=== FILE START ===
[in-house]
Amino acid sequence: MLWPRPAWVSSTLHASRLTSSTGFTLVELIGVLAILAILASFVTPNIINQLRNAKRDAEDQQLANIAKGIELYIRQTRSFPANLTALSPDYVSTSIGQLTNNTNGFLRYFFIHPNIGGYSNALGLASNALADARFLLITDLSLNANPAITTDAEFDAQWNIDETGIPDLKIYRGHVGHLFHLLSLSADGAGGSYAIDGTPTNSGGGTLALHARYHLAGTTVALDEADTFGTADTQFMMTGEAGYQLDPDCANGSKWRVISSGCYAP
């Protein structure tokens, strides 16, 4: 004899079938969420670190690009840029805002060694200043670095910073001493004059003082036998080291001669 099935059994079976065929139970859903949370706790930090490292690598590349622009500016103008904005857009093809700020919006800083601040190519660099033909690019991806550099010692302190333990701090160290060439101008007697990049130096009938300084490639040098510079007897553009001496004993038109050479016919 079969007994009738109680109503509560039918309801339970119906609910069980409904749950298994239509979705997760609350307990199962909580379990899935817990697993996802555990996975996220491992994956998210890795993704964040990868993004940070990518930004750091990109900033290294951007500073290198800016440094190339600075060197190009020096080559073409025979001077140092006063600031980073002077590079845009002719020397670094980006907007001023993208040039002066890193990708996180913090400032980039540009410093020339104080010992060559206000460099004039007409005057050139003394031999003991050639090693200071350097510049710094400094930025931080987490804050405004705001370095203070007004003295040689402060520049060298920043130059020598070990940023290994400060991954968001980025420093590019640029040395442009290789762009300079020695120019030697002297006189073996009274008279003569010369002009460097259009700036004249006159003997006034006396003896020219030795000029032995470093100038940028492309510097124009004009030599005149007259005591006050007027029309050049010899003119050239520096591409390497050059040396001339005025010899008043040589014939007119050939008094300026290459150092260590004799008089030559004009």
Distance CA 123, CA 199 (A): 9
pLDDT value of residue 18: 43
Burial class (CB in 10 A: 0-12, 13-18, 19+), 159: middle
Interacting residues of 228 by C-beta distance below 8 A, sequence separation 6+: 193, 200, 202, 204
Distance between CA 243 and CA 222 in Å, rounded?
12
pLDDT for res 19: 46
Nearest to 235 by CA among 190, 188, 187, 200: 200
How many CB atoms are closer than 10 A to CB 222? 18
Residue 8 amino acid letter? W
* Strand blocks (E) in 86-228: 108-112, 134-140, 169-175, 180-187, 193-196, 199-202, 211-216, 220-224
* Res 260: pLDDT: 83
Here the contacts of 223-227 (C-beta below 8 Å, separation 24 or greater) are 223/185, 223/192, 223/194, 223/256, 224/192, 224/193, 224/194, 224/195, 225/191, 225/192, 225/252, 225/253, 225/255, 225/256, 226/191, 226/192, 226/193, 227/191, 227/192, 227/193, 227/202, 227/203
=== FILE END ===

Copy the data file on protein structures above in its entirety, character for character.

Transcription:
[in-house]
Amino acid sequence: MLWPRPAWVSSTLHASRLTSSTGFTLVELIGVLAILAILASFVTPNIINQLRNAKRDAEDQQLANIAKGIELYIRQTRSFPANLTALSPDYVSTSIGQLTNNTNGFLRYFFIHPNIGGYSNALGLASNALADARFLLITDLSLNANPAITTDAEFDAQWNIDETGIPDLKIYRGHVGHLFHLLSLSADGAGGSYAIDGTPTNSGGGTLALHARYHLAGTTVALDEADTFGTADTQFMMTGEAGYQLDPDCANGSKWRVISSGCYAP
């Protein structure tokens, strides 16, 4: 004899079938969420670190690009840029805002060694200043670095910073001493004059003082036998080291001669 099935059994079976065929139970859903949370706790930090490292690598590349622009500016103008904005857009093809700020919006800083601040190519660099033909690019991806550099010692302190333990701090160290060439101008007697990049130096009938300084490639040098510079007897553009001496004993038109050479016919 079969007994009738109680109503509560039918309801339970119906609910069980409904749950298994239509979705997760609350307990199962909580379990899935817990697993996802555990996975996220491992994956998210890795993704964040990868993004940070990518930004750091990109900033290294951007500073290198800016440094190339600075060197190009020096080559073409025979001077140092006063600031980073002077590079845009002719020397670094980006907007001023993208040039002066890193990708996180913090400032980039540009410093020339104080010992060559206000460099004039007409005057050139003394031999003991050639090693200071350097510049710094400094930025931080987490804050405004705001370095203070007004003295040689402060520049060298920043130059020598070990940023290994400060991954968001980025420093590019640029040395442009290789762009300079020695120019030697002297006189073996009274008279003569010369002009460097259009700036004249006159003997006034006396003896020219030795000029032995470093100038940028492309510097124009004009030599005149007259005591006050007027029309050049010899003119050239520096591409390497050059040396001339005025010899008043040589014939007119050939008094300026290459150092260590004799008089030559004009």
Distance CA 123, CA 199 (A): 9
pLDDT value of residue 18: 43
Burial class (CB in 10 A: 0-12, 13-18, 19+), 159: middle
Interacting residues of 228 by C-beta distance below 8 A, sequence separation 6+: 193, 200, 202, 204
Distance between CA 243 and CA 222 in Å, rounded?
12
pLDDT for res 19: 46
Nearest to 235 by CA among 190, 188, 187, 200: 200
How many CB atoms are closer than 10 A to CB 222? 18
Residue 8 amino acid letter? W
* Strand blocks (E) in 86-228: 108-112, 134-140, 169-175, 180-187, 193-196, 199-202, 211-216, 220-224
* Res 260: pLDDT: 83
Here the contacts of 223-227 (C-beta below 8 Å, separation 24 or greater) are 223/185, 223/192, 223/194, 223/256, 224/192, 224/193, 224/194, 224/195, 225/191, 225/192, 225/252, 225/253, 225/255, 225/256, 226/191, 226/192, 226/193, 227/191, 227/192, 227/193, 227/202, 227/203